A 3-D Approach to Discovering and Creating the Features of Written Texts


  • Martha C. Pennington SOAS and Birkbeck College, University of London




University Writing, Teaching of Writing, Textual Analysis, Writer-Reader Interaction


This article outlines a student-centered, ‘hands-on’ approach to the teaching of writing at university level through first discovering and then creating the features of written texts in three dimensions: microtextual (lexico-grammar), macrotextual (rhetoric), and extratextual (context). The ‘3-D’ approach has been designed for novice writers, offering a practical, step-by-step procedure to prepare them to write in specific disciplines and for specific purposes. Though usable with other audiences, the sample material included here is especially appropriate for second-language writers and will be of particular interest to students of science. While the approach is consistent with Systemic-Functional and ESP orientations to text, as contrasted with most ESP pedagogy – especially that geared to students in sciences – the 3-D approach gives particular attention to affect, writer–reader interaction, and shared context. The approach, which starts from analysis of texts and then moves to writing of texts, is first described and then illustrated using several short popular science texts about insects and birds. These texts exemplify lexico-grammatical and rhetorical features of scientific texts while also illustrating other purposes which a writer may seek to fulfill as well as the underlying assumptions and author biases that might exist even in texts which appear to be purely descriptive or ‘objective’. The texts and analyses provided are intended for classroom use to train students in the approach, supplemented by a step by step guide for students to follow. Through the activities provided for the sample texts, students develop awareness of the properties of texts and how these can be discovered through analysis and then written into their own texts.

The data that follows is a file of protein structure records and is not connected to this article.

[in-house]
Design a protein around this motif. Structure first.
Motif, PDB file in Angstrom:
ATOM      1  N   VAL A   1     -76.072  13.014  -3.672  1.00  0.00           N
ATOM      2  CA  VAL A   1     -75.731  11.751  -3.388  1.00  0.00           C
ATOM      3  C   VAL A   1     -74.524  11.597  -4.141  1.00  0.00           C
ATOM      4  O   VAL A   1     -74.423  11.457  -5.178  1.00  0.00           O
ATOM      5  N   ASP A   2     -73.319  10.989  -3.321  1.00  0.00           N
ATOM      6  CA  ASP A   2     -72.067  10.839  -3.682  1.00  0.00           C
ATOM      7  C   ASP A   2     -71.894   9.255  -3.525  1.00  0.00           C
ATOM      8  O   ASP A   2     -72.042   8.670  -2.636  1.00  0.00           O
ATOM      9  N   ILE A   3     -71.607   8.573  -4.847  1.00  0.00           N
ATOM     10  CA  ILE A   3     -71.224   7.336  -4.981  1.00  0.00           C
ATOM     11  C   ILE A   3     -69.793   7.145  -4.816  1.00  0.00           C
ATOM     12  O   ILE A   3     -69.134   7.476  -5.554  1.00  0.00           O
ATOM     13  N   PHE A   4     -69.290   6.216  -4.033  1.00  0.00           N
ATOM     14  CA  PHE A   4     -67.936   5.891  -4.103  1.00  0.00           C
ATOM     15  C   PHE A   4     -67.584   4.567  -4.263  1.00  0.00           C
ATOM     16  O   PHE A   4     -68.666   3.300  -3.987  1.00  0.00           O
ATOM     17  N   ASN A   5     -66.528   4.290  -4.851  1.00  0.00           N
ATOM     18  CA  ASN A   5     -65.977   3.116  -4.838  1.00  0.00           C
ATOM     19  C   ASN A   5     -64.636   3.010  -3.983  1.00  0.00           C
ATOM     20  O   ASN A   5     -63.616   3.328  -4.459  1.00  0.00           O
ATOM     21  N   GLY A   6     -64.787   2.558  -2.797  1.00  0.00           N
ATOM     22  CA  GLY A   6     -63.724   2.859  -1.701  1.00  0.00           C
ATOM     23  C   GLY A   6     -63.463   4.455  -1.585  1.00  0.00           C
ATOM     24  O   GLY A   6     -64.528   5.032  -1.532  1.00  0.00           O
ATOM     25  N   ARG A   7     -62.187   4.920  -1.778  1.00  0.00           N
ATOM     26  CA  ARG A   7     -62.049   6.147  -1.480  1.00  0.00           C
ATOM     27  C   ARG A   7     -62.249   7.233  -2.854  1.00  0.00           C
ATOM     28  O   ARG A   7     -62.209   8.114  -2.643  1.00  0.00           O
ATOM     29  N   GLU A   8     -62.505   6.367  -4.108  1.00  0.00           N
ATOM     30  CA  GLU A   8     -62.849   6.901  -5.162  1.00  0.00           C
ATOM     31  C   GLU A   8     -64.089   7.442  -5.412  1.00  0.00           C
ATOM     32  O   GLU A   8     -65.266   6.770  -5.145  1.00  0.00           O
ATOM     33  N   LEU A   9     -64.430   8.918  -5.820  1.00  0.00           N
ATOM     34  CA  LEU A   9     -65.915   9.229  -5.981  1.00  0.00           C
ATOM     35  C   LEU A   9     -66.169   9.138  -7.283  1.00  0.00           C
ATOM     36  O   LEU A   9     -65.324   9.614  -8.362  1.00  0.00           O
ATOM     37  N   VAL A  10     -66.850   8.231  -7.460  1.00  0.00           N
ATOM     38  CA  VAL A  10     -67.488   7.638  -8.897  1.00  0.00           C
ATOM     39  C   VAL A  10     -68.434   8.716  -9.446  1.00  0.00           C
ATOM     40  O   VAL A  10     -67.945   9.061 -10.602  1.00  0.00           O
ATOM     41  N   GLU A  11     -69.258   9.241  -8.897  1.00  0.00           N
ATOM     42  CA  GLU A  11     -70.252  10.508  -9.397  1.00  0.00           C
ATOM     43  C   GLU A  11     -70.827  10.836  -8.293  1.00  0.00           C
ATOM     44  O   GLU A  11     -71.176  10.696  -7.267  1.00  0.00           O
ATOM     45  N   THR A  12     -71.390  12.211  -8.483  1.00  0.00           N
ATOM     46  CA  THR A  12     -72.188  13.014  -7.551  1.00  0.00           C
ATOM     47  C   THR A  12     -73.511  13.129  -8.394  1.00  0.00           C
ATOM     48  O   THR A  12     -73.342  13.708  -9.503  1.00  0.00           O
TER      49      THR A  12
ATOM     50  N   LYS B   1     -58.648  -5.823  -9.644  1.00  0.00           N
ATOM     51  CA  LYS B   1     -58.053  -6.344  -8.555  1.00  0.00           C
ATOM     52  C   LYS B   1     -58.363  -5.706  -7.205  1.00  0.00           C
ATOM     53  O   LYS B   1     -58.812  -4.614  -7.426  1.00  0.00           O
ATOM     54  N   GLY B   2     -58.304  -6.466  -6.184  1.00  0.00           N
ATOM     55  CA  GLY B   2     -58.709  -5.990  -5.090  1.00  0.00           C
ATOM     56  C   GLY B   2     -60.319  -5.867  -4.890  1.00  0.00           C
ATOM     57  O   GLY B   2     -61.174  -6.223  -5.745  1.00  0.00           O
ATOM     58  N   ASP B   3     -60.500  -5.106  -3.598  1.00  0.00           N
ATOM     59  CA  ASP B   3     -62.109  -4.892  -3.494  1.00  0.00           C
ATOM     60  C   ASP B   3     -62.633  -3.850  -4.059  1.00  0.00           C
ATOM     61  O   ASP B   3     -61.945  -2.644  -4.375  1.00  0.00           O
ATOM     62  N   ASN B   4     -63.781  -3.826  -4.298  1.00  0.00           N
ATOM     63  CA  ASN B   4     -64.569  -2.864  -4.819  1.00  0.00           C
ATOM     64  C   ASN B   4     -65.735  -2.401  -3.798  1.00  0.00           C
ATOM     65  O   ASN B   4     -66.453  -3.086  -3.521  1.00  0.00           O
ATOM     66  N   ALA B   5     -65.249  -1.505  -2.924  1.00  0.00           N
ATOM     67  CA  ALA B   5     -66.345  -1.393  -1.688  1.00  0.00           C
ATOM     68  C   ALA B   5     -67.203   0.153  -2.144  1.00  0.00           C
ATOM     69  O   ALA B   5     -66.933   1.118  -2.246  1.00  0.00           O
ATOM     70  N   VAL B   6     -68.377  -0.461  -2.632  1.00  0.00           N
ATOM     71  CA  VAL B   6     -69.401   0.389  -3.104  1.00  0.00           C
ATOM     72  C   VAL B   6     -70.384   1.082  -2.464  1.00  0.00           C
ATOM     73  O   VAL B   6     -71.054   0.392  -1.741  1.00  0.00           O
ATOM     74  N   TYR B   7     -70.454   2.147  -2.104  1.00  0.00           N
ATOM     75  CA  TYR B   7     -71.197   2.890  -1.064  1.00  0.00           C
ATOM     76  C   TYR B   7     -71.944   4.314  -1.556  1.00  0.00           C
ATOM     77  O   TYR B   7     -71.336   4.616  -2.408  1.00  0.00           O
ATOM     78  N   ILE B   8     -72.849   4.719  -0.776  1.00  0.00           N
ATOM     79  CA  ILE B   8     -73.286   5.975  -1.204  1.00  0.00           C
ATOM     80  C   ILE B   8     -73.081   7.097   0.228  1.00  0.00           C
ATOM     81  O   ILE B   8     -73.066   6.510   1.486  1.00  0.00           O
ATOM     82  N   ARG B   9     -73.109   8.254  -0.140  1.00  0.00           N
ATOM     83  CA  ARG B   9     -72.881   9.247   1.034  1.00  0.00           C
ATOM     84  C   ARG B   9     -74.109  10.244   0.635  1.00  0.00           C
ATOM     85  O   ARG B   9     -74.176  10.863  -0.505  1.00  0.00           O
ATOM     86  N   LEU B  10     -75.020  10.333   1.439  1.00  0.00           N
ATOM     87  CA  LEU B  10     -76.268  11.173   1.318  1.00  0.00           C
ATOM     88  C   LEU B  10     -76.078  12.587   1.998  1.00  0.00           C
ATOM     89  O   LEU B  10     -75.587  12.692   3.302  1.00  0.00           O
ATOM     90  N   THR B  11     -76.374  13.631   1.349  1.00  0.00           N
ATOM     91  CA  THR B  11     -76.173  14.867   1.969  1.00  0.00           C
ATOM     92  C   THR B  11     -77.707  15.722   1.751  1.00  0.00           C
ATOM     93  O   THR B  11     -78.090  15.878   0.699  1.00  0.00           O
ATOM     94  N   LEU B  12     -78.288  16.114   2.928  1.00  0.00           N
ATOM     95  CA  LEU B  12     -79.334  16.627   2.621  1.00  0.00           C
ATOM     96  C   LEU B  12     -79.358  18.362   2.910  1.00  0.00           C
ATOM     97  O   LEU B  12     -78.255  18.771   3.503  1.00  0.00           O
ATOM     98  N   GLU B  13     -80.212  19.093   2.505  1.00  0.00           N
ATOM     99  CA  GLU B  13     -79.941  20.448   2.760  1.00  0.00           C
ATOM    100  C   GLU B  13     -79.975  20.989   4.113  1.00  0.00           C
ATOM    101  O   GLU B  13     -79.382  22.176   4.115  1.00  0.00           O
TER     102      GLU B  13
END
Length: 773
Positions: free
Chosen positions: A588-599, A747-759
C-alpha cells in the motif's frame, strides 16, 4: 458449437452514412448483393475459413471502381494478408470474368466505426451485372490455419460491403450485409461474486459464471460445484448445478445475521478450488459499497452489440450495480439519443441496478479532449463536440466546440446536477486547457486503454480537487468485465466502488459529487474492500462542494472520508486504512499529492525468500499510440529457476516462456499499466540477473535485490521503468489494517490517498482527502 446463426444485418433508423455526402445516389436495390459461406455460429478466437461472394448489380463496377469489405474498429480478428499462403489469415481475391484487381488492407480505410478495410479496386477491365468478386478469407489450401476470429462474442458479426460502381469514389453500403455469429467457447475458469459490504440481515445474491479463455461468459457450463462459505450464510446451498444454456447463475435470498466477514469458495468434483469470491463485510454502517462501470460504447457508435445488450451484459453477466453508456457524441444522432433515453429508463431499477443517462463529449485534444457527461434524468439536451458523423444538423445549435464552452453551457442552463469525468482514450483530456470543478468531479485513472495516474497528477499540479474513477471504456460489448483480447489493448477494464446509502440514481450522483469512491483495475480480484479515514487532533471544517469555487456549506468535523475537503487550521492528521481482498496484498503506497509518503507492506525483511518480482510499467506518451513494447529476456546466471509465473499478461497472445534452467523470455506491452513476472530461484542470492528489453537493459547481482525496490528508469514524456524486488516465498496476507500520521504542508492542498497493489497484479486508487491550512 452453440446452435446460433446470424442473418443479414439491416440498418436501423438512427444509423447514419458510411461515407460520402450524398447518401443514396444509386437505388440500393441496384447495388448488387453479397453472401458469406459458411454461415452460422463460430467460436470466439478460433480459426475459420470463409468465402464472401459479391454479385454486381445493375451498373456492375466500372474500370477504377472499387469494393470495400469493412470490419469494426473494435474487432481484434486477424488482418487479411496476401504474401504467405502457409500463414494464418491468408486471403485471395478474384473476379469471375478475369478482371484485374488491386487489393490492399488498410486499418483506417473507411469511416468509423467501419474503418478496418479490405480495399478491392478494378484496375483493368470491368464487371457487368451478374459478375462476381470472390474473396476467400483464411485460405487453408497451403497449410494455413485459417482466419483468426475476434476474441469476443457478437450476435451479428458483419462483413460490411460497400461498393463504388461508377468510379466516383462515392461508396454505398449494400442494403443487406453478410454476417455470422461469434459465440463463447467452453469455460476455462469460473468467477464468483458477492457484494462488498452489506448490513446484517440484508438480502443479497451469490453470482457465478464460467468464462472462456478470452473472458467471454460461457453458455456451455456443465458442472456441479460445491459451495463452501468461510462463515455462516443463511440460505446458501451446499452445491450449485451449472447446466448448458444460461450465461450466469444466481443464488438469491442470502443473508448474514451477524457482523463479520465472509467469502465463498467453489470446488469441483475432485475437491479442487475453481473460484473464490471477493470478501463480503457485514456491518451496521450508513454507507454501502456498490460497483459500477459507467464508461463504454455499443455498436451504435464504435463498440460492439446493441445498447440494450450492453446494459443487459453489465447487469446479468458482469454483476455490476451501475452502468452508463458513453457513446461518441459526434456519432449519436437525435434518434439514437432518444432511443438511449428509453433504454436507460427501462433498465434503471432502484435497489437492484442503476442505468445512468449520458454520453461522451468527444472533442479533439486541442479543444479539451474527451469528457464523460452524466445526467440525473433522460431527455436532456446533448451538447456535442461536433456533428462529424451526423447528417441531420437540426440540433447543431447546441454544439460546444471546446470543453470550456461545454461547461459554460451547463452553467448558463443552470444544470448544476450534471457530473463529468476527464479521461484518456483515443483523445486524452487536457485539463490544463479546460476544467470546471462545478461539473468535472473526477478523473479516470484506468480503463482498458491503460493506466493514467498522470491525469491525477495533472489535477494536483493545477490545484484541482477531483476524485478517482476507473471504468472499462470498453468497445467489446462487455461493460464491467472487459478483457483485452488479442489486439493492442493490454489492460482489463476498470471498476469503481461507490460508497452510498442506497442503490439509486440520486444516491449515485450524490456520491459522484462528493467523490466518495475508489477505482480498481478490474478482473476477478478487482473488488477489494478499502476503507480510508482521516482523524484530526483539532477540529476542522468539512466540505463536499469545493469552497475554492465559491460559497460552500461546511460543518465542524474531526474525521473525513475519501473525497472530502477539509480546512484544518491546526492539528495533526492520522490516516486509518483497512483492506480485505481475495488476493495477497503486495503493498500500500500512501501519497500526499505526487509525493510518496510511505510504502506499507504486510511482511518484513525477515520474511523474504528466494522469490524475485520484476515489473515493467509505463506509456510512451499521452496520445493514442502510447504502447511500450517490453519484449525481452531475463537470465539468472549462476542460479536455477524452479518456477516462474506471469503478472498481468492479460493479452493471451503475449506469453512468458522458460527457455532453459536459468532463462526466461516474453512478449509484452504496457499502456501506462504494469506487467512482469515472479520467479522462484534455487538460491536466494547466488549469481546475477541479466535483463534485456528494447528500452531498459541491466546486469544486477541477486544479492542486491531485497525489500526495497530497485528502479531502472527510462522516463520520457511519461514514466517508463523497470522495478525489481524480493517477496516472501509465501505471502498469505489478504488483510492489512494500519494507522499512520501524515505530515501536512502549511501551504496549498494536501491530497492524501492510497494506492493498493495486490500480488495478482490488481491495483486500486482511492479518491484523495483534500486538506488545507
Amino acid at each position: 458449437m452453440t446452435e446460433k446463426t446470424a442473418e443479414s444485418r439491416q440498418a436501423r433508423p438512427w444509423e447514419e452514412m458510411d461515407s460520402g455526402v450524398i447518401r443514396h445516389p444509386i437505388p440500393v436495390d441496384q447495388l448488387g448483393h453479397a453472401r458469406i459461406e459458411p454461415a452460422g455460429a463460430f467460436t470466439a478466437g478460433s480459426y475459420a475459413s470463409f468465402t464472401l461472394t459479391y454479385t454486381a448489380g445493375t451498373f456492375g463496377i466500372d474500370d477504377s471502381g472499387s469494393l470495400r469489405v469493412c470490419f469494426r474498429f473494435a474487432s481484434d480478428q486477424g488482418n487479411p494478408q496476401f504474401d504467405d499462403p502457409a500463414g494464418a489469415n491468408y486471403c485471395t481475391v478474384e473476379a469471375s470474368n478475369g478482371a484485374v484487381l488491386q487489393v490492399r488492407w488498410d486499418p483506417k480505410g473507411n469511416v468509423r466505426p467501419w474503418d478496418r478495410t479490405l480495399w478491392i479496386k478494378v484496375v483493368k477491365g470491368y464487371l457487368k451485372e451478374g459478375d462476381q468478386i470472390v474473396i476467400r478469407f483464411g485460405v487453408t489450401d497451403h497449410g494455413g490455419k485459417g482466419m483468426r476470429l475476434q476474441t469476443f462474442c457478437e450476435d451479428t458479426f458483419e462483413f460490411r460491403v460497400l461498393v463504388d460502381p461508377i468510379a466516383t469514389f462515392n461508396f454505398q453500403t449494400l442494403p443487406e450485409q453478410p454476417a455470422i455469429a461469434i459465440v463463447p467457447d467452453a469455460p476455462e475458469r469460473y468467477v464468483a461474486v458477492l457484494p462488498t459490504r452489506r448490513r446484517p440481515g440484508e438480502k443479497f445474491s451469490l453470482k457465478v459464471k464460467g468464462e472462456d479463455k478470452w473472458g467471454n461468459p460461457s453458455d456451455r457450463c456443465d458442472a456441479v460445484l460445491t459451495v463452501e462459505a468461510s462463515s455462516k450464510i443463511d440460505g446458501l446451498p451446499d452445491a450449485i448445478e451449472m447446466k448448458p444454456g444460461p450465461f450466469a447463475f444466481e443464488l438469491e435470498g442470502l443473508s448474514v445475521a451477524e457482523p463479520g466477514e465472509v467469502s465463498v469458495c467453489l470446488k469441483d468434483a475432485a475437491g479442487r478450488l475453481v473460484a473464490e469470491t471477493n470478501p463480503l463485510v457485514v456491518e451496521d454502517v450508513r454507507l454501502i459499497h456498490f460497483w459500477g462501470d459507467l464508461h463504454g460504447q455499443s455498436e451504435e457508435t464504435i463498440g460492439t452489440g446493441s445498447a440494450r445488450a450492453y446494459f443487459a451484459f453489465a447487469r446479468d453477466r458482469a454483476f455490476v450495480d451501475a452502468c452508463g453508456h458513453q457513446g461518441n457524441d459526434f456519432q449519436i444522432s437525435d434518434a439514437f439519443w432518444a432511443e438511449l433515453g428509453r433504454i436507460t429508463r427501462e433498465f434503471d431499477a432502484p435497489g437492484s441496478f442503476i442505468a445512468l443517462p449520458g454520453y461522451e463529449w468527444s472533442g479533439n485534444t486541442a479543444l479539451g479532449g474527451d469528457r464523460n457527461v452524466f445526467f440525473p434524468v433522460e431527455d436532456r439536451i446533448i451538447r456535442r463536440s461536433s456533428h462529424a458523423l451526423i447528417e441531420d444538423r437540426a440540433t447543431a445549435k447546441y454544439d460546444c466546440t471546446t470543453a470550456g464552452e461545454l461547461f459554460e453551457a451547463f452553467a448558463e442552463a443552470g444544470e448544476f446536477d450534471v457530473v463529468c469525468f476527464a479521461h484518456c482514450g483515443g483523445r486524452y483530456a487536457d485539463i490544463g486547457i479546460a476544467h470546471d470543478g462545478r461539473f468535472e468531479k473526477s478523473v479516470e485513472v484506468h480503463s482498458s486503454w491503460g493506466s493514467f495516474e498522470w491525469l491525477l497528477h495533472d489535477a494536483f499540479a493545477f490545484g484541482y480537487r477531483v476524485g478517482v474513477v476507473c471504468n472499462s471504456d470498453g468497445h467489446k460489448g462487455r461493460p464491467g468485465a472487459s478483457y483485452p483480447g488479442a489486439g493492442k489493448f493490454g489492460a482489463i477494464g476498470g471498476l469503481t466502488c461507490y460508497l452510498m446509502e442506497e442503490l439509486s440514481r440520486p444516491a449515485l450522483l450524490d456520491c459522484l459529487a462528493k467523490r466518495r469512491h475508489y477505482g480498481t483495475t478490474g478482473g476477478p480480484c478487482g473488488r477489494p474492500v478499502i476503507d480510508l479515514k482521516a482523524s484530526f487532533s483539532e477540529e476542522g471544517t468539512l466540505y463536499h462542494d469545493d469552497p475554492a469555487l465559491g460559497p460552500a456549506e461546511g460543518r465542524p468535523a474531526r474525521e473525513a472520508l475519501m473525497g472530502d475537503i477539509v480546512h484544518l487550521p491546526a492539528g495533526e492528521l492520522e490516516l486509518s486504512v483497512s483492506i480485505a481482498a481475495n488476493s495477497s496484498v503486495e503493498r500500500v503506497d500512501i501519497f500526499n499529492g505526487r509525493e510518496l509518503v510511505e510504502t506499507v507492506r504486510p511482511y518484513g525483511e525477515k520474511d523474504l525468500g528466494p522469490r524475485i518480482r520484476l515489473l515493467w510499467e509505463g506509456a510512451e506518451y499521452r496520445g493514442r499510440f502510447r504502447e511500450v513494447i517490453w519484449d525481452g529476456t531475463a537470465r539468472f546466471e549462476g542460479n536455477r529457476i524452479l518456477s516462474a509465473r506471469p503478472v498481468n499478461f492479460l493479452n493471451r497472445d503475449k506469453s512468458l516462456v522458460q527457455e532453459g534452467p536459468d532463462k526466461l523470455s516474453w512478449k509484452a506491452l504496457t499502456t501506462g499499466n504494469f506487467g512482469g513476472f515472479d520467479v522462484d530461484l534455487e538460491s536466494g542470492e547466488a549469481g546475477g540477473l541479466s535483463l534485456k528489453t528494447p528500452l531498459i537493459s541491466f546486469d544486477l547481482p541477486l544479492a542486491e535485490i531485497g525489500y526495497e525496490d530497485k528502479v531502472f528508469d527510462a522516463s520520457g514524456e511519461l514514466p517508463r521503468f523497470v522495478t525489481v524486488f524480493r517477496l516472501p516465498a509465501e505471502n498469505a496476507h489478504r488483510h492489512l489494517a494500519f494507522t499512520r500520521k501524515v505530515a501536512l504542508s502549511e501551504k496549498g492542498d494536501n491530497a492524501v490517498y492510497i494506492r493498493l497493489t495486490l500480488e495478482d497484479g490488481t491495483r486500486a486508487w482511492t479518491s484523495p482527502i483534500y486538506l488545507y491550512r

Author Biography

Martha C. Pennington, SOAS and Birkbeck College, University of London

Martha c. Pennington (Ph.d. Linguistics, University of Pennsylvania) holds positions at the University of London as Professorial research Associate in Linguistics, School for Oriental and African Studies, and research fellow in Applied Linguistics and communication, Birkbeck college. Professor Pennington is the founding editor of the journal, Writing and Pedagogy (Equinox), and the editor of two book series, Frameworks for Writing (Equinox) and Innovation and Leadership in English Language Teaching (Brill). She has published 15 books and over 200 articles in edited collections and journals including TESOL Quarterly, Modern Language Journal, System, Journal of Second Language Writing, Language and Education, Language Culture and Curriculum, Computers and Composition, Computer Assisted Language Learning, RELC Journal, and World Englishes. Her current work centers on creativity in academic writing, effects of technology on literacy, humor and language, bilingualism, and English phonology in applied linguistics.


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How to Cite

Pennington, M. C. (2016). A 3-D Approach to Discovering and Creating the Features of Written Texts. Writing and Pedagogy, 8(1), 117–147. https://doi.org/10.1558/wap.v8i1.29525



Reflections on Practice